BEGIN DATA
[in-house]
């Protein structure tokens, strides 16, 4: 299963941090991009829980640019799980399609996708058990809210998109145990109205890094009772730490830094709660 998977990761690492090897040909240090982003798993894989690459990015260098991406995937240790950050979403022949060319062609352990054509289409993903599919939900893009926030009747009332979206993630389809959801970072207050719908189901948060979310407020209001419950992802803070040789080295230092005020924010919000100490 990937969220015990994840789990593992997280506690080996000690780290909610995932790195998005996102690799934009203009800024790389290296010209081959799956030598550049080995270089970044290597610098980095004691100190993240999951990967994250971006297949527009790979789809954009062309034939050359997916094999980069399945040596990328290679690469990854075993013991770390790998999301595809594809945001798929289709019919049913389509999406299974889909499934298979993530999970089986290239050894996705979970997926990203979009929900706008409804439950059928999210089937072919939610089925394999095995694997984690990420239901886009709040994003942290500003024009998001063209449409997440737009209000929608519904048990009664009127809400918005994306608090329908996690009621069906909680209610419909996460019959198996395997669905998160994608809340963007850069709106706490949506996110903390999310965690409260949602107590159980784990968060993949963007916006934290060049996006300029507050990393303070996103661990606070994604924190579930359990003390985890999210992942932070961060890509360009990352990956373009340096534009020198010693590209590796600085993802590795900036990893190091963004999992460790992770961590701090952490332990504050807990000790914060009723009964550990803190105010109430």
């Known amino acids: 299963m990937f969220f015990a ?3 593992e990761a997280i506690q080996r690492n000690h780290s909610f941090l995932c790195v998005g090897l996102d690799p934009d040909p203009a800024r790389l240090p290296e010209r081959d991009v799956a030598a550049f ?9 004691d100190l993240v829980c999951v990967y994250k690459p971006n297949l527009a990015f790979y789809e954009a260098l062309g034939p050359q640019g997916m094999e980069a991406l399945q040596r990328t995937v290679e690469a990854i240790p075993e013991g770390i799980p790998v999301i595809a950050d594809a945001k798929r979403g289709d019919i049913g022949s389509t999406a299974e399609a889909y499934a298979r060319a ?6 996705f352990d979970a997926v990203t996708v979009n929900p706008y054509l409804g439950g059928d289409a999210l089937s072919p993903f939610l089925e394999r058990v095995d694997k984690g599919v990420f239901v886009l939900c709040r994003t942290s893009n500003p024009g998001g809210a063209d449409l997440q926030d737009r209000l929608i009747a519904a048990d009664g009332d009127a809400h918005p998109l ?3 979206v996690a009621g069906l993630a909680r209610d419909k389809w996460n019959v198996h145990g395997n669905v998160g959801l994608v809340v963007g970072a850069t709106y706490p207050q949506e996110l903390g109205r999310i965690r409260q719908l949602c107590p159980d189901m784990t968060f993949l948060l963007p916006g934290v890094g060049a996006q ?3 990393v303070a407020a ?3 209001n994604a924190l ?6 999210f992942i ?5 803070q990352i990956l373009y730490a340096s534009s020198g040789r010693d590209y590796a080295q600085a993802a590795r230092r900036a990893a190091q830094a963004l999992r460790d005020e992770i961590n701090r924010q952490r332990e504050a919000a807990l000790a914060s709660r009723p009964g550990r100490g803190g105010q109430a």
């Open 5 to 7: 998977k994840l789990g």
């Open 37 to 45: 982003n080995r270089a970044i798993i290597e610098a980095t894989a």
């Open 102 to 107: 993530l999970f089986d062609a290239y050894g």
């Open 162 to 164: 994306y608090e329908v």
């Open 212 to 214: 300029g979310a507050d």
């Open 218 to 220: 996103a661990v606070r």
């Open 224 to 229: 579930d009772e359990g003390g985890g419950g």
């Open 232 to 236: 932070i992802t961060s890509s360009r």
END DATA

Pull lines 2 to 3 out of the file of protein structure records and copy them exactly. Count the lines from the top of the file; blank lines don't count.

């Protein structure tokens, strides 16, 4: 299963941090991009829980640019799980399609996708058990809210998109145990109205890094009772730490830094709660 998977990761690492090897040909240090982003798993894989690459990015260098991406995937240790950050979403022949060319062609352990054509289409993903599919939900893009926030009747009332979206993630389809959801970072207050719908189901948060979310407020209001419950992802803070040789080295230092005020924010919000100490 990937969220015990994840789990593992997280506690080996000690780290909610995932790195998005996102690799934009203009800024790389290296010209081959799956030598550049080995270089970044290597610098980095004691100190993240999951990967994250971006297949527009790979789809954009062309034939050359997916094999980069399945040596990328290679690469990854075993013991770390790998999301595809594809945001798929289709019919049913389509999406299974889909499934298979993530999970089986290239050894996705979970997926990203979009929900706008409804439950059928999210089937072919939610089925394999095995694997984690990420239901886009709040994003942290500003024009998001063209449409997440737009209000929608519904048990009664009127809400918005994306608090329908996690009621069906909680209610419909996460019959198996395997669905998160994608809340963007850069709106706490949506996110903390999310965690409260949602107590159980784990968060993949963007916006934290060049996006300029507050990393303070996103661990606070994604924190579930359990003390985890999210992942932070961060890509360009990352990956373009340096534009020198010693590209590796600085993802590795900036990893190091963004999992460790992770961590701090952490332990504050807990000790914060009723009964550990803190105010109430």
């Known amino acids: 299963m990937f969220f015990a ?3 593992e990761a997280i506690q080996r690492n000690h780290s909610f941090l995932c790195v998005g090897l996102d690799p934009d040909p203009a800024r790389l240090p290296e010209r081959d991009v799956a030598a550049f ?9 004691d100190l993240v829980c999951v990967y994250k690459p971006n297949l527009a990015f790979y789809e954009a260098l062309g034939p050359q640019g997916m094999e980069a991406l399945q040596r990328t995937v290679e690469a990854i240790p075993e013991g770390i799980p790998v999301i595809a950050d594809a945001k798929r979403g289709d019919i049913g022949s389509t999406a299974e399609a889909y499934a298979r060319a ?6 996705f352990d979970a997926v990203t996708v979009n929900p706008y054509l409804g439950g059928d289409a999210l089937s072919p993903f939610l089925e394999r058990v095995d694997k984690g599919v990420f239901v886009l939900c709040r994003t942290s893009n500003p024009g998001g809210a063209d449409l997440q926030d737009r209000l929608i009747a519904a048990d009664g009332d009127a809400h918005p998109l ?3 979206v996690a009621g069906l993630a909680r209610d419909k389809w996460n019959v198996h145990g395997n669905v998160g959801l994608v809340v963007g970072a850069t709106y706490p207050q949506e996110l903390g109205r999310i965690r409260q719908l949602c107590p159980d189901m784990t968060f993949l948060l963007p916006g934290v890094g060049a996006q ?3 990393v303070a407020a ?3 209001n994604a924190l ?6 999210f992942i ?5 803070q990352i990956l373009y730490a340096s534009s020198g040789r010693d590209y590796a080295q600085a993802a590795r230092r900036a990893a190091q830094a963004l999992r460790d005020e992770i961590n701090r924010q952490r332990e504050a919000a807990l000790a914060s709660r009723p009964g550990r100490g803190g105010q109430a």